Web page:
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Governorate of Siyachia flag.png

Population: 29,836
Predominant language: Yehudi, Praeta,Istvanistani

Main roads: Altmoyer, Am Yiddishkeyt Chai, Qiryat Shalom, Alefbet, Grunwalder
Major districts: Yabotinsky, Eshirriatka, Tiflis, Glockengasse, Chernivka

Current mayor: ??
Map versions: 8.0.1 - current

Kolmenitzkiy (pronounced kɒlmɛnɪtzkɪ, also known as Nackolom to the Minarborians and Kalgachi, and labelled Nackholm by the Shirerithians and Batavians) was the capital city of the Republic of Ashkenatza and its largest city. On both sides of the River Mandel, it was where the country's legislature, the Knesset and where the Nohsi, the Ashkenatzi head of state, resided in Ruzhin Palace. It was also one of the oldest inhabited cities of Ashkenatza, having developed from a small Shtetl on the riverside in the middle ages. The city has ancient ruins and a great deal of cultural wealth. It also served as the capital of the Kolmenitzkiy Capital Territory, a separate administrative region within Ashkenatza.

In latter times the city fell into the hands of the Empire of Minarboria, before and after which it spent long periods without any recognisable governance - resulting in drastic changes to the city landscape and, to a lesser degree, the population dwelling within it.

The Ashkenatzan Era

A map of Kolmenitzkiy as the capital of Ashkenatza.

In its heyday the city was served by Kolmenitzkiy Edelmann Airport, and Bar Kochba, Grunwald, Altshuler and Lazarus Central Railway stations. It was a major hub for the Ashkenatzishe Blitsban high-speed rail network. Heavy industry, petrochemicals, aviation technology, pharmaceuticals, metallurgy and tourism rose to become major sectors of the local economy, alongside the traditional commerce and trading for which the old market city was always known.

Main sights included I.L Peretz Square, home to the Knesset and National Library, Asch Theatre, Pressenstein Castle, Independence Tower, Botanic Gardens, Altshuler Bridge, Tzvi Museum of Antiquities, Ancient Amphiteatre and well-preserved historic Town Centre. The city was divided in two by the River Mandel, spanned by fifteen bridges. The city's oldest district, on the north bank, was built on a sharp bend where the river turned towards Volhyria. Defended by the impressive Yabotinsky and Naye-Masada Fortresses, this became the richest area culturally and was the location of the majority of government ministries and offices. Further to the north across the River lay the district of Grunwald, home to the villas and art-nouveau mansions of the city's urban elite. To the North-East lay the Oktagon, a fashionable district which in its day promised to become the cultural heart of the city, itself flanked by the Tellian and Mahozi districts of the city, overshadowed by the Tellian Catholic Cathedral of San Antonio. Further south across the city's canals lay Kolmenitzkiy's river port and markets, over the hill bearing the impressive Mother Ashkenatza Monument. To the East was Menasseh, site of the palace of the former Nohsim of Ashkenatza.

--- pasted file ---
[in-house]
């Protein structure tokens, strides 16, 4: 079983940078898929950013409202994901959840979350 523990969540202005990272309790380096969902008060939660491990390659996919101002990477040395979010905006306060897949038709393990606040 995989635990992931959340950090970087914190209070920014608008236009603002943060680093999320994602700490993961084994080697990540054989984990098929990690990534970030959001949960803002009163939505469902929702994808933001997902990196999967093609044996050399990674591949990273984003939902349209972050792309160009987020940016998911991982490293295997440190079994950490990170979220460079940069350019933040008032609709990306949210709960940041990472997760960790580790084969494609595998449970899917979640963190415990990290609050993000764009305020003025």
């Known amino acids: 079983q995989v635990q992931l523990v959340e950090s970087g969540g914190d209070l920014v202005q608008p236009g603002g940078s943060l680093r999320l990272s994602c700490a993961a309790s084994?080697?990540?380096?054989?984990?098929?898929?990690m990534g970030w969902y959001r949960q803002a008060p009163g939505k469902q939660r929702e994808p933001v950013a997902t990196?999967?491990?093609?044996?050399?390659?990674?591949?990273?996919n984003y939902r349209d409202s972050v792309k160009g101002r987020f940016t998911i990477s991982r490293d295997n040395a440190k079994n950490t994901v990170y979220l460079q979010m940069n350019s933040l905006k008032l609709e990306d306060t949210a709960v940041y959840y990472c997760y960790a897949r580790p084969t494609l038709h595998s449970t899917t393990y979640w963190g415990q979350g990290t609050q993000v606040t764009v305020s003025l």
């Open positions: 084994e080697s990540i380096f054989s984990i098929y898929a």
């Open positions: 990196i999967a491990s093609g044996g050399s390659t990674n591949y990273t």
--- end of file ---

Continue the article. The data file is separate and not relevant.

Kolmenitzkiy's Southern Bank was more industrialised than the northern half of the city, incorporating the city's airport, petrochemical and heavy engineering industries. Tzur Hill, across the river from Menasseh, was the location of many fine museums and the districts of Nayeshtat (famous for its Protonium and street markets) and Chernivsk, with the Galitzyaner Plats and Chernivsk Grand Synagogue. The Hasidic district of Kerem Ha-Shalom lay to the extreme South-East, and across the railway lines lay the Purimsky and Jurek districts, heart of the city's engineering industry. Krelitz, Zmudik, and Mahoz HaKaraim districts were gentrified, University areas known as being isles of green in the bustle of the capital. Yigael, across the river to the West from the city centre, was known for its Jazz scene and riverside embankment.

Institutes of Higher Education in the city included the Ashkenatzi State Technical University, Kolmenitzkiy University of Humanities, Bloom College, Botelli College, The Sznayder Institute and Kolmenitzkiy National University.

Perhaps its biggest claim to fame was that Kolmenitzkiy had one of the largest micronational city maps ever made for its time, at approximately 2800 by 2400 pixels square.

The Minarborian Era

A map of the much-reduced city under Minarborian rule, the vintage of its structures divided into Ashkenatzan (red) and post-Ashkenatzan (yellow).